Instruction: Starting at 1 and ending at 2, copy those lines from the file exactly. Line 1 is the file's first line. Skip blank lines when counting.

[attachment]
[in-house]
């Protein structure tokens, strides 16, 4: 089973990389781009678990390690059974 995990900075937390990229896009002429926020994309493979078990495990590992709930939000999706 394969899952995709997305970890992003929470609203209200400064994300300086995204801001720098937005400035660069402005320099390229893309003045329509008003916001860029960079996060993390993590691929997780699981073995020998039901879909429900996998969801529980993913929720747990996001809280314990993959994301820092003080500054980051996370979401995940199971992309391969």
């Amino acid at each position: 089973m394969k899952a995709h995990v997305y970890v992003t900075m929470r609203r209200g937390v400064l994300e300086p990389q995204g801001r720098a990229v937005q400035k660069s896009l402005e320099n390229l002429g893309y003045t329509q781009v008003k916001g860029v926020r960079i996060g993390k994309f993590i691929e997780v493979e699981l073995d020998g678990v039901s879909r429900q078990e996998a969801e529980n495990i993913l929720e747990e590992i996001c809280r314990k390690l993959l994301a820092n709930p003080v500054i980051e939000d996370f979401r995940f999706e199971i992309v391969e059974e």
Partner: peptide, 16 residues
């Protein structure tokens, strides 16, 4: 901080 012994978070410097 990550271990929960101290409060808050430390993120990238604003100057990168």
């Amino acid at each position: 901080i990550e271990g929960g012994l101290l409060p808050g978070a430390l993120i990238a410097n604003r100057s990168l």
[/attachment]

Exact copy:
[in-house]
């Protein structure tokens, strides 16, 4: 089973990389781009678990390690059974 995990900075937390990229896009002429926020994309493979078990495990590992709930939000999706 394969899952995709997305970890992003929470609203209200400064994300300086995204801001720098937005400035660069402005320099390229893309003045329509008003916001860029960079996060993390993590691929997780699981073995020998039901879909429900996998969801529980993913929720747990996001809280314990993959994301820092003080500054980051996370979401995940199971992309391969």